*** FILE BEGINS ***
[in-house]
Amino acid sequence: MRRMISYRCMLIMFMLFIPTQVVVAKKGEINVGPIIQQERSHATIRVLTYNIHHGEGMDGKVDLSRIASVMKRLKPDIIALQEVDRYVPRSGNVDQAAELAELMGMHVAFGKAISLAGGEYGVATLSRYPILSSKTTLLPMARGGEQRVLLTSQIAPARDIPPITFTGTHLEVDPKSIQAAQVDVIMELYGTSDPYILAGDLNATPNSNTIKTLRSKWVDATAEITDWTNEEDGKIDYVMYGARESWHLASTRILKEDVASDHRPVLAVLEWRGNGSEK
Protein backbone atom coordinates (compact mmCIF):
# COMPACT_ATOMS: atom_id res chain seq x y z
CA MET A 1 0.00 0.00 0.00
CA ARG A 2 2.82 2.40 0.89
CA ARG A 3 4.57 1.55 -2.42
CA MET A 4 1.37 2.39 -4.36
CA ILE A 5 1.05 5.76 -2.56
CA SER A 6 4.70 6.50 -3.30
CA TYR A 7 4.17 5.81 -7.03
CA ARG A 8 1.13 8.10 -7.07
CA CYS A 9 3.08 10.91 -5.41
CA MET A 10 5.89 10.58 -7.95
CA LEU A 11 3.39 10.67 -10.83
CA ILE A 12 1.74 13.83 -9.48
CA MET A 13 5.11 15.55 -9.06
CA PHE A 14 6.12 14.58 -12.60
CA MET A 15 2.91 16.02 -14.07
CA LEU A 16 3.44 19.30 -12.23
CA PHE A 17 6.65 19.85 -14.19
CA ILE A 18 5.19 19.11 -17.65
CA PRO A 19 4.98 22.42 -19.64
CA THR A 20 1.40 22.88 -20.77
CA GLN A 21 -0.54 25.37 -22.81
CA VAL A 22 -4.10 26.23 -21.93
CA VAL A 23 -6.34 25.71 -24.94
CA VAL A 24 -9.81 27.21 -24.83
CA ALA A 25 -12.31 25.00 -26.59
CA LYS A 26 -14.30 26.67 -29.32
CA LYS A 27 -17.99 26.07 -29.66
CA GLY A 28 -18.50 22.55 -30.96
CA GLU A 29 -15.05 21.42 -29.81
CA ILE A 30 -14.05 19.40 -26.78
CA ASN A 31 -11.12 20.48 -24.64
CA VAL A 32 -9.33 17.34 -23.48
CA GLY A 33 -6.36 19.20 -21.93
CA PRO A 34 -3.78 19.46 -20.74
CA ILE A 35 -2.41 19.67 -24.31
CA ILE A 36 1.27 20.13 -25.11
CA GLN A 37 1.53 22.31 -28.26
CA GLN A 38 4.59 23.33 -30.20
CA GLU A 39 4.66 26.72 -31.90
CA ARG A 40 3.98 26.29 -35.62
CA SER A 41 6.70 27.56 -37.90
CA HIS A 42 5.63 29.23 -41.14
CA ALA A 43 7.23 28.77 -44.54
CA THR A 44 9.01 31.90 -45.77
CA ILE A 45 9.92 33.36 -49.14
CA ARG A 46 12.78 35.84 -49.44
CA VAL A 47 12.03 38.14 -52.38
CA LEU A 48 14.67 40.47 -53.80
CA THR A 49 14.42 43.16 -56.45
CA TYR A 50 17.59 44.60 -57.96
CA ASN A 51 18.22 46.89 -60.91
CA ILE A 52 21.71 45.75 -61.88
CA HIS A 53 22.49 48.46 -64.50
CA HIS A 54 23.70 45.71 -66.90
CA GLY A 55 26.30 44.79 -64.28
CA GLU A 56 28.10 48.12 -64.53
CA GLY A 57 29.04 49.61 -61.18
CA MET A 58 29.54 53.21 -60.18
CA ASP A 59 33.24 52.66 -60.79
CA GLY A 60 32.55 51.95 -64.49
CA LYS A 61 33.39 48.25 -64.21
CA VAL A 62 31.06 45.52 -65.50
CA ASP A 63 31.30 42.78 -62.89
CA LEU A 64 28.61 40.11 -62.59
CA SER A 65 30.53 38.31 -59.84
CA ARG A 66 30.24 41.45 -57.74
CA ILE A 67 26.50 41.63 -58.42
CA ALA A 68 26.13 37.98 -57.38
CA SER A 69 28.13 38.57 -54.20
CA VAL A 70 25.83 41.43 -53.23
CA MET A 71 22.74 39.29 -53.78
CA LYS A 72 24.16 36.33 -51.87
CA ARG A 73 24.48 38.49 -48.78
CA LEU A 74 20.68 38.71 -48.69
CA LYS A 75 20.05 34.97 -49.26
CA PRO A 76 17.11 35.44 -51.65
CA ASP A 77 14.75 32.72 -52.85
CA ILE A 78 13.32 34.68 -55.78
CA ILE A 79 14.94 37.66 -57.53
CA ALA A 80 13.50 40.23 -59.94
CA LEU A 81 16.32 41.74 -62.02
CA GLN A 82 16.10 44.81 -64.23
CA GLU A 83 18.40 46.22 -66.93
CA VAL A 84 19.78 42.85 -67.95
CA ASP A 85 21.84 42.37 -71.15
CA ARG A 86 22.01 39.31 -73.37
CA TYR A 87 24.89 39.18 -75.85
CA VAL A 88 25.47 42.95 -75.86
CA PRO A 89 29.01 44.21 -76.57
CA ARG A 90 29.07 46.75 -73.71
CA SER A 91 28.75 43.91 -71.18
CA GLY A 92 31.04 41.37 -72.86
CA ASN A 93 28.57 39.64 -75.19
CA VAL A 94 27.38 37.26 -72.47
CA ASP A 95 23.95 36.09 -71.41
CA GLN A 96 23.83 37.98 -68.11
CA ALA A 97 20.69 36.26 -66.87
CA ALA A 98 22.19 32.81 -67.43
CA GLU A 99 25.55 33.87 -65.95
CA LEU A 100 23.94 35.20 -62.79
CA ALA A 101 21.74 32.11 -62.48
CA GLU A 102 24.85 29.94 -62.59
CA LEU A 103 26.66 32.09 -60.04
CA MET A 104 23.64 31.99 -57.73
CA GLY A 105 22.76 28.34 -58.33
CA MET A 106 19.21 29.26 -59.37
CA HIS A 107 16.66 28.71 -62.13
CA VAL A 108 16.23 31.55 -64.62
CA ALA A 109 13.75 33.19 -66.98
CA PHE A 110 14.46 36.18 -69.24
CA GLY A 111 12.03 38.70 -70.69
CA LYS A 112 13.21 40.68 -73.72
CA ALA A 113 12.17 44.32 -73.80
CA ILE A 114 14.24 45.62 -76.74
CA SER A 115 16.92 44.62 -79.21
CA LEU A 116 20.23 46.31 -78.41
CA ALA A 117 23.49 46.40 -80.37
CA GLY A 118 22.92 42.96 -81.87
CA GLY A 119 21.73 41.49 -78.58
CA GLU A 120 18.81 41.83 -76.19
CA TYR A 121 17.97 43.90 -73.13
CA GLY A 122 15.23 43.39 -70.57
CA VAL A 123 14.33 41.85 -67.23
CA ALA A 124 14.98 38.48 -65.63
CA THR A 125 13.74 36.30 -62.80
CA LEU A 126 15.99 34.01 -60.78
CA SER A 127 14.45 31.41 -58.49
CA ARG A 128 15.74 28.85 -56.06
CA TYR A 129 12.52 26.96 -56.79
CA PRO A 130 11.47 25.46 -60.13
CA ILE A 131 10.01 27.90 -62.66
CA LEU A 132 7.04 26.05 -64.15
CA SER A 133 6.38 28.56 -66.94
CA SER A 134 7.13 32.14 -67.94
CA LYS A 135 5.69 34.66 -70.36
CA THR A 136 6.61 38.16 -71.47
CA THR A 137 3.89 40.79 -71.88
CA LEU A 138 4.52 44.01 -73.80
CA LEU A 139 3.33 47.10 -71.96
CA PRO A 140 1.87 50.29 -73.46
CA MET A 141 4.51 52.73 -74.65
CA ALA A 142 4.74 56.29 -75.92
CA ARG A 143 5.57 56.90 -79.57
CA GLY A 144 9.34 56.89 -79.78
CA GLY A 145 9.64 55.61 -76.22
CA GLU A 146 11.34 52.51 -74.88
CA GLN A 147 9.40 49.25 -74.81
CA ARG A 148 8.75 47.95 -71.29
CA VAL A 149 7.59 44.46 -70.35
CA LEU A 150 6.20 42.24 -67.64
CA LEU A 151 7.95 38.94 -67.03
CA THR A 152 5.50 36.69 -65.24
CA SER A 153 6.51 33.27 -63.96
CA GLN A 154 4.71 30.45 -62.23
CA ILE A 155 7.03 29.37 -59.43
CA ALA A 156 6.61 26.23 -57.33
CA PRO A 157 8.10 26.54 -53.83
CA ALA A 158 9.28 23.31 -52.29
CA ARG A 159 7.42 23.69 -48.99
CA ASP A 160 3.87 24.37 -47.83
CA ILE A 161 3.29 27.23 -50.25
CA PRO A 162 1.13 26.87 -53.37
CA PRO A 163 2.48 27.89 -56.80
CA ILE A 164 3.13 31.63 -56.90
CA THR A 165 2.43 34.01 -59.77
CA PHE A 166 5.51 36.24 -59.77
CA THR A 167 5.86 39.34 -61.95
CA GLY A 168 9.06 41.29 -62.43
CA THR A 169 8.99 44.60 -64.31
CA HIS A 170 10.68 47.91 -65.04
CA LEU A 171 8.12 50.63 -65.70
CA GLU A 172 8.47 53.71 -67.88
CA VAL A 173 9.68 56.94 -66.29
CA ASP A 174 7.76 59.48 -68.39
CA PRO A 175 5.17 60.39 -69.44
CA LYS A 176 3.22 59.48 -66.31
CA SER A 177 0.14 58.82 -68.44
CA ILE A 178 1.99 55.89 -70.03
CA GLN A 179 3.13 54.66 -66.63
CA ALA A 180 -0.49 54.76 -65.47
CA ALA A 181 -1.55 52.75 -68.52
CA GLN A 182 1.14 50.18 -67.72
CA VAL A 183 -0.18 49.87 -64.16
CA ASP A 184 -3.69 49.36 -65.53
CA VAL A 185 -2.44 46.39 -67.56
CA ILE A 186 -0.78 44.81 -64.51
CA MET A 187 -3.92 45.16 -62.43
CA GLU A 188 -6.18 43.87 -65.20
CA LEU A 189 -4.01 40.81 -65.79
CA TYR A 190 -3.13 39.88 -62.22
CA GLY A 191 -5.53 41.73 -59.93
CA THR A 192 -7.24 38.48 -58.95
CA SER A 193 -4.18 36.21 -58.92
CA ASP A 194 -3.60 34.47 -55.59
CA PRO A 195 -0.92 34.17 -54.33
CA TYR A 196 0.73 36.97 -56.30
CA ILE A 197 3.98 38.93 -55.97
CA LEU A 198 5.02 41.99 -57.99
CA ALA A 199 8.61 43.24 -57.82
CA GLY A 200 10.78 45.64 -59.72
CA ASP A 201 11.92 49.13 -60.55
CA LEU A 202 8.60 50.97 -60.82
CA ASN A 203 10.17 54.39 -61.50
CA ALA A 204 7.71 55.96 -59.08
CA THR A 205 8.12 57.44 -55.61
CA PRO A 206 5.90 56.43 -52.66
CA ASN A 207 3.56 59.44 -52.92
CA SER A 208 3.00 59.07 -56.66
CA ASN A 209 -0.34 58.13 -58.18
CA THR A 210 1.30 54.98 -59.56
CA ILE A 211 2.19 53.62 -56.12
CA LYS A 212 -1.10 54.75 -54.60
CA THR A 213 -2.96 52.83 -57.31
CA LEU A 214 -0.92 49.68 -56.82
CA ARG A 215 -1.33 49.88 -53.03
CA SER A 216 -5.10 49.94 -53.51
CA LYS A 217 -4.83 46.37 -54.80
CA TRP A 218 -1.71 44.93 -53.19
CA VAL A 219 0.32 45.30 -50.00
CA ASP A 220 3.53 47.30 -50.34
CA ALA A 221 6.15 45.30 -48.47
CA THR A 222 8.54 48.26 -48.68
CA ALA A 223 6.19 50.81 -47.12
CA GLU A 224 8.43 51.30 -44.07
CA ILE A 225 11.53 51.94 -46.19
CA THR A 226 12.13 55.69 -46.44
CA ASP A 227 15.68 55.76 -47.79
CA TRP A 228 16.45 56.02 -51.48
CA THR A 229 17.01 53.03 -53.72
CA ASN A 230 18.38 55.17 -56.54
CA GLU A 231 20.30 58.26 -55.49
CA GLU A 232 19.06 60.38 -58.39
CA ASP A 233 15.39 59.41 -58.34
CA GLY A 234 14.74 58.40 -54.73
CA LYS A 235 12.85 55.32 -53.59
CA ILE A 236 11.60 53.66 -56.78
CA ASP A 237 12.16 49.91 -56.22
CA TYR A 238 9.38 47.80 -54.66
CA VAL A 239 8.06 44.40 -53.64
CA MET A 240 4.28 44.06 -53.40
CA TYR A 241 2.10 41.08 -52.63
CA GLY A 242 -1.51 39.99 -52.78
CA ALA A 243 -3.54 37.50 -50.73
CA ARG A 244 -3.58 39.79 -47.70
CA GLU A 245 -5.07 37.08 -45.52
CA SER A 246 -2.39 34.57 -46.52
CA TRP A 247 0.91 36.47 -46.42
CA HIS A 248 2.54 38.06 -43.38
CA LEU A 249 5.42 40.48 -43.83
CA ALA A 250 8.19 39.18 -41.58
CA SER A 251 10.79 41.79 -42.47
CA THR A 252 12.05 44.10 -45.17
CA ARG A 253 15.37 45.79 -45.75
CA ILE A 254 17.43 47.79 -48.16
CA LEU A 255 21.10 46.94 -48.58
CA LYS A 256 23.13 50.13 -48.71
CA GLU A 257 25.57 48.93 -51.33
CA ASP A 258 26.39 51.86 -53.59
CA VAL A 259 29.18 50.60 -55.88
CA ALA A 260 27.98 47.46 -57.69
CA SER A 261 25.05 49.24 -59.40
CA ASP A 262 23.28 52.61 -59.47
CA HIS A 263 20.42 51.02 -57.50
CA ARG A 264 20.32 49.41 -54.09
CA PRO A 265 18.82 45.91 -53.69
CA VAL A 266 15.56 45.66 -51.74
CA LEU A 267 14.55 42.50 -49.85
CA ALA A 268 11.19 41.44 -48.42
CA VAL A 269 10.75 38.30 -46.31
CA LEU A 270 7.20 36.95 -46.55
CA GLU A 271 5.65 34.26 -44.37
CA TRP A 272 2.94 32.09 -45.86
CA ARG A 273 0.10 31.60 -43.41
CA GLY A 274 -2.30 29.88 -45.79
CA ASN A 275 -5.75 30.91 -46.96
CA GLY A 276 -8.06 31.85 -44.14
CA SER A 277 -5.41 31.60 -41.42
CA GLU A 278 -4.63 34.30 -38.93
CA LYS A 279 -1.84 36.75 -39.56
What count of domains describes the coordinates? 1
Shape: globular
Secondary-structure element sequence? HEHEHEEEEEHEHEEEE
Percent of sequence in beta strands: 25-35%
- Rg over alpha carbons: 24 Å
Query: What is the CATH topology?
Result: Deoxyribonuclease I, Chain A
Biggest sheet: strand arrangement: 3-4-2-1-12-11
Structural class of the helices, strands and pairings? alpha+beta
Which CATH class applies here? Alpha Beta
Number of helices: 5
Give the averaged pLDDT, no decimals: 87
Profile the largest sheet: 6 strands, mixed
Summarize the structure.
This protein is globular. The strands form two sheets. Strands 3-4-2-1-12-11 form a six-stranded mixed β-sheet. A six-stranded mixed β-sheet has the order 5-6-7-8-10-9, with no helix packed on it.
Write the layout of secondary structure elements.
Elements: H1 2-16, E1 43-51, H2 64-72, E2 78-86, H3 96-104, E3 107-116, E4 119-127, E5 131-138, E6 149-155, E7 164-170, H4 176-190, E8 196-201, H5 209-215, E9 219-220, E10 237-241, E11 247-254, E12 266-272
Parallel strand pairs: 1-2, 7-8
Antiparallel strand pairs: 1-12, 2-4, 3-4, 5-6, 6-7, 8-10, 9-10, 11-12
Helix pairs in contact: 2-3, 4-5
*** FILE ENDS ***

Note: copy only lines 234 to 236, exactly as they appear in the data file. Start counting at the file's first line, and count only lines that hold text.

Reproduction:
CA ASN A 230 18.38 55.17 -56.54
CA GLU A 231 20.30 58.26 -55.49
CA GLU A 232 19.06 60.38 -58.39